Or Abimael Guzmán. Free Chairman Gonzalo!

        • Bill Murray says:

          well they probably don’t want the racist op-eds written by Lew Rockwell in Paul’s name

        • Left_Wing_Fox says:

          I guess if the only tool in your political toolbox is anarchocapitalism, every problem starts looking like a black helicopter.

        • Murc says:

          Bitching that the NYT doesn’t give a platform to people who believe in small government is like bitching that it doesn’t give a platform to flat-earthers; people who genuinely believe in small government an insignificant slice of the population. Politicians who talk about it don’t believe in it (as evidenced by their voting records) and voters who talk about it actually get angry and pissed-off when people start trying to hack it apart.

          Second of all, Frum and Brooks are conservatives, and to claim that Friedman is a socialist is laughable.

          • Veritas says:

            Frum and Brooks are centrists, sorry, especially Brooks. I guess you could say Frum is big-government Canadian Toryism, if you want.

            You misunderstand me on Friedman. He always has a boner for whatever the thugocracy that rules in Beijing is doing. They describe their system as “Socialism with Chinese Characteristics” which is a nice euphemism for technocratic, authoritarian fascism. You can practically imagine him having to wipe cum off his keyboard after he talks about the wonders of “top-down control” as he puts it, and how the bullet trains always run on time. He and his ideology should be genuinely frightening to both American liberals and American conservatives.

            • Malaclypse says:

              Dear Cthulhu, I cannot believe I am being forced to defend the Mustache of Misunderstanding. Googling “top-down control” and Friedman yields one relevant hit, which is about how top-down control must inevitably fail.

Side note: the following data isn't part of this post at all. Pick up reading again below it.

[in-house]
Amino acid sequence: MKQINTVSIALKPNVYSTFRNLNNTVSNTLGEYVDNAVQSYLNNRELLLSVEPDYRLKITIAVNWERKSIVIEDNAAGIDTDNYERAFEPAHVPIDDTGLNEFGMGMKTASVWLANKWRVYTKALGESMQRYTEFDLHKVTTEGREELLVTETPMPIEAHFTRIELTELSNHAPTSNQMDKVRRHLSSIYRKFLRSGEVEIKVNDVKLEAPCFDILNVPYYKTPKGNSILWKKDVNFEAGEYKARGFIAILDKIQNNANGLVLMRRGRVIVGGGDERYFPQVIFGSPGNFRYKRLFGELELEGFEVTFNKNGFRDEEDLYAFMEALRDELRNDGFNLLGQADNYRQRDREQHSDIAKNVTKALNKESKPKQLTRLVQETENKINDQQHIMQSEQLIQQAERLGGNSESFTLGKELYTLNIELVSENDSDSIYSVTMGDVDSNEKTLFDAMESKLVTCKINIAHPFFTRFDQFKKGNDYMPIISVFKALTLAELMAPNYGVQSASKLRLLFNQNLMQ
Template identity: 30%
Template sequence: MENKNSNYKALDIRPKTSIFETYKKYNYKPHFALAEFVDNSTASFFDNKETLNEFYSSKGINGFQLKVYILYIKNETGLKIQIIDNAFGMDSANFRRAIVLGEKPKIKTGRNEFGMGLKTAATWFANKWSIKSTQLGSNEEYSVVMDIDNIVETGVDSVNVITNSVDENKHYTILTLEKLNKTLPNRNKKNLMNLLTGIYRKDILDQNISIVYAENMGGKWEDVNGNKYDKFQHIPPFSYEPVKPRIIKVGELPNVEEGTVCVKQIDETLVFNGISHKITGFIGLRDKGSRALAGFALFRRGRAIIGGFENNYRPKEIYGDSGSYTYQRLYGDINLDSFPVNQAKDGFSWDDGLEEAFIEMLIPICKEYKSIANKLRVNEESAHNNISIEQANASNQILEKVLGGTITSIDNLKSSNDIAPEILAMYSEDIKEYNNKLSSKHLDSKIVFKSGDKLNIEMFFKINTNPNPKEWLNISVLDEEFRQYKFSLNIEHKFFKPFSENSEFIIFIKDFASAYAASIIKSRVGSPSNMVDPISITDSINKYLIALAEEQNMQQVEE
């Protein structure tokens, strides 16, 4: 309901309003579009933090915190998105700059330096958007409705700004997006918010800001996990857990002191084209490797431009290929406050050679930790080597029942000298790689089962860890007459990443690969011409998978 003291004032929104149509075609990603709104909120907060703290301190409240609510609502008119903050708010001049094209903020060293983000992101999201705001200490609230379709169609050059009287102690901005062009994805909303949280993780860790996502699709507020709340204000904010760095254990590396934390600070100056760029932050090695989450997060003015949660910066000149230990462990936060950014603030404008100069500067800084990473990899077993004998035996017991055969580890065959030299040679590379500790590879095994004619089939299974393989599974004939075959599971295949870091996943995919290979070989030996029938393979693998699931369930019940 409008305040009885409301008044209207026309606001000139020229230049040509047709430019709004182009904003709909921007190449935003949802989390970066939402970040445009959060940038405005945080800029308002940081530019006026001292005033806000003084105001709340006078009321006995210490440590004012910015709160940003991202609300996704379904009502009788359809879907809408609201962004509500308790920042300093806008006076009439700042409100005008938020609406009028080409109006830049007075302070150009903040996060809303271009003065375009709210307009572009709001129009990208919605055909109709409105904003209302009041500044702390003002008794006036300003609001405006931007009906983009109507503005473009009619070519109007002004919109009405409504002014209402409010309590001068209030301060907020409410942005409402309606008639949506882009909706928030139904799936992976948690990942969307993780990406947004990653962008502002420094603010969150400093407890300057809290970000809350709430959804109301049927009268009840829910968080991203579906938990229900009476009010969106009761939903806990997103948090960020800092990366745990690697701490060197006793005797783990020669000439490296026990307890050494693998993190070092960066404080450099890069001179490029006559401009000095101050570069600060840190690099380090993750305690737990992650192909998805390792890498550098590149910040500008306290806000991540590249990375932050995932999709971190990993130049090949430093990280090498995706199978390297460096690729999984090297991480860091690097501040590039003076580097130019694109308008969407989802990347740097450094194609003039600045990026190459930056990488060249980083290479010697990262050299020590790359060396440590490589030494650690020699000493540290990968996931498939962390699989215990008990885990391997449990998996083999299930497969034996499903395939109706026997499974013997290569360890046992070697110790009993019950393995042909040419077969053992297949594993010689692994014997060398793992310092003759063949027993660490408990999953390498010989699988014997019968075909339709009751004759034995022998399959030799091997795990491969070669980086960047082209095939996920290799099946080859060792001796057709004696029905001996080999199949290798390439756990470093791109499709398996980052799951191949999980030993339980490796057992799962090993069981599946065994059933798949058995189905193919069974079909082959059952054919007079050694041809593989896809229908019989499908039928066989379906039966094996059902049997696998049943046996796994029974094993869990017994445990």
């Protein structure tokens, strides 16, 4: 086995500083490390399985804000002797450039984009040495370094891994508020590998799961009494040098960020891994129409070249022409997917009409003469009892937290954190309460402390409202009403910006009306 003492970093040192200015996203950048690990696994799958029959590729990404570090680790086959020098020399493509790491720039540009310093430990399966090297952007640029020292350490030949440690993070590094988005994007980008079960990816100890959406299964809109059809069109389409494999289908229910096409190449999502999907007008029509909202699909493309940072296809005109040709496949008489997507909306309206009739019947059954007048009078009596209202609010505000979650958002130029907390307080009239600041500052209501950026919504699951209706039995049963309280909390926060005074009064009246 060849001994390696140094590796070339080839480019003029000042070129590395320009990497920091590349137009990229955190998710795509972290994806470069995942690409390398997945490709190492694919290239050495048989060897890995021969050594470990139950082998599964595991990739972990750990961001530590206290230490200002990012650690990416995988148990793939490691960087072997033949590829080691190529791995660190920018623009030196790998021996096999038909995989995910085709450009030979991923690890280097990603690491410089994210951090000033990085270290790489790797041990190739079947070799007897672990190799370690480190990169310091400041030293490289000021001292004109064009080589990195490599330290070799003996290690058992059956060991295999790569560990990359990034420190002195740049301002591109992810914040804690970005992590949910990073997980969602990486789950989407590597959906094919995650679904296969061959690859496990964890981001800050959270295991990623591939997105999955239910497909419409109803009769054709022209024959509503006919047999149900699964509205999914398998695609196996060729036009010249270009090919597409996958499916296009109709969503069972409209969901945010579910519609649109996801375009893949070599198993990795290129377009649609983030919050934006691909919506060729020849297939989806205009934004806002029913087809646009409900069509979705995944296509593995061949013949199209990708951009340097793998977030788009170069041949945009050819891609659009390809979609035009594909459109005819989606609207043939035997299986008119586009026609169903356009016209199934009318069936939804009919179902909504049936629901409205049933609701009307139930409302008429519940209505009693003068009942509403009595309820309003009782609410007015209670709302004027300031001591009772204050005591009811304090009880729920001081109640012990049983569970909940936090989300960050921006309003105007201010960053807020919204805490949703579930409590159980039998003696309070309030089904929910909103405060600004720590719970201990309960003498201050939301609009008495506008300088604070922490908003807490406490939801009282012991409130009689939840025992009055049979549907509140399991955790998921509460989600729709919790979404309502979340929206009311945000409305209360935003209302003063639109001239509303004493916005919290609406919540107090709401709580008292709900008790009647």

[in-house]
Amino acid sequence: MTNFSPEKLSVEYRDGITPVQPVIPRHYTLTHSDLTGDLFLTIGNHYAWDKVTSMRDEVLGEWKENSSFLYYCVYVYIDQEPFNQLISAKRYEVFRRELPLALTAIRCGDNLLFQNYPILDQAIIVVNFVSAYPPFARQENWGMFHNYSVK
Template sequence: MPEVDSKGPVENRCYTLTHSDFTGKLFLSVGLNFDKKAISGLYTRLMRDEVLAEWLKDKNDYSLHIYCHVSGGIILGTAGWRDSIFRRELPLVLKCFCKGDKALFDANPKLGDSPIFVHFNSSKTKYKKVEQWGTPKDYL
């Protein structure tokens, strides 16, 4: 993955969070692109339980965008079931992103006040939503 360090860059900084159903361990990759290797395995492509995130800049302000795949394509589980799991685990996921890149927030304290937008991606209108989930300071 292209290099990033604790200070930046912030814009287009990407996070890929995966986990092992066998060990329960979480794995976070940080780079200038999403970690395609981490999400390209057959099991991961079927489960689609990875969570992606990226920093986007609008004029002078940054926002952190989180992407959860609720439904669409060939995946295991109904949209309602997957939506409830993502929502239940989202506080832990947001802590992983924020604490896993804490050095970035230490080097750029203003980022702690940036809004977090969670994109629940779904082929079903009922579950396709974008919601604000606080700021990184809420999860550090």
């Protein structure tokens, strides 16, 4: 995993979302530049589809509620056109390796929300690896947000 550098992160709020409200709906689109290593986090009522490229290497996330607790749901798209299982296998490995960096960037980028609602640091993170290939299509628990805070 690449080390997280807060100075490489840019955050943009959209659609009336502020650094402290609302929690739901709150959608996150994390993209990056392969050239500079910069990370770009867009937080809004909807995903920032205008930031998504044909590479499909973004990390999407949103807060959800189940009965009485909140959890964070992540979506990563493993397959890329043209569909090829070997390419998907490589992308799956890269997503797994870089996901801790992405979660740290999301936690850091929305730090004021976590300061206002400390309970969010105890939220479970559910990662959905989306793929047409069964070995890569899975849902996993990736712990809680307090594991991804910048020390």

• Veritas says:

                Whatever the exact phrasing, do you really want to argue that Thomas Friedman doesn’t give a blow-job to Beijing every chance he gets precisely because they’re so authoritarian?

                • Malaclypse says:

                  Don’t know – I stopped reading him a decade or more ago. I’m just pointing out that you quoted something he was allegedly well-known for, which he never actually said. So par for the course for you.

                • Murc says:

                  And I hate being put in the position of having to defend Veritas, Mal, but as someone who does still read Friedman, his analysis seems spot-on to me. I wasn’t familiar with the actual substance of the term (“Socialism with Chinese Characteristics”) he used in his original post.

                • Malaclypse says:

                  I know that “Socialism with Chinese Characteristics” is Dengism. Googling Friedman’s use of that term yields 4 discussions of Milton Friedman, and the #5 hit is this post. I did not find the Mustache using the phrase.

                • Murc says:

                  Huh? I’m not following you.

                  My Googling confirms that Friedman has never used the term, but I don’t think Veritas was arguing that he ever had. He was arguing that Friedman has a huge hard-on for Chinese autocracy, and that’s actually true.

                • Malaclypse says: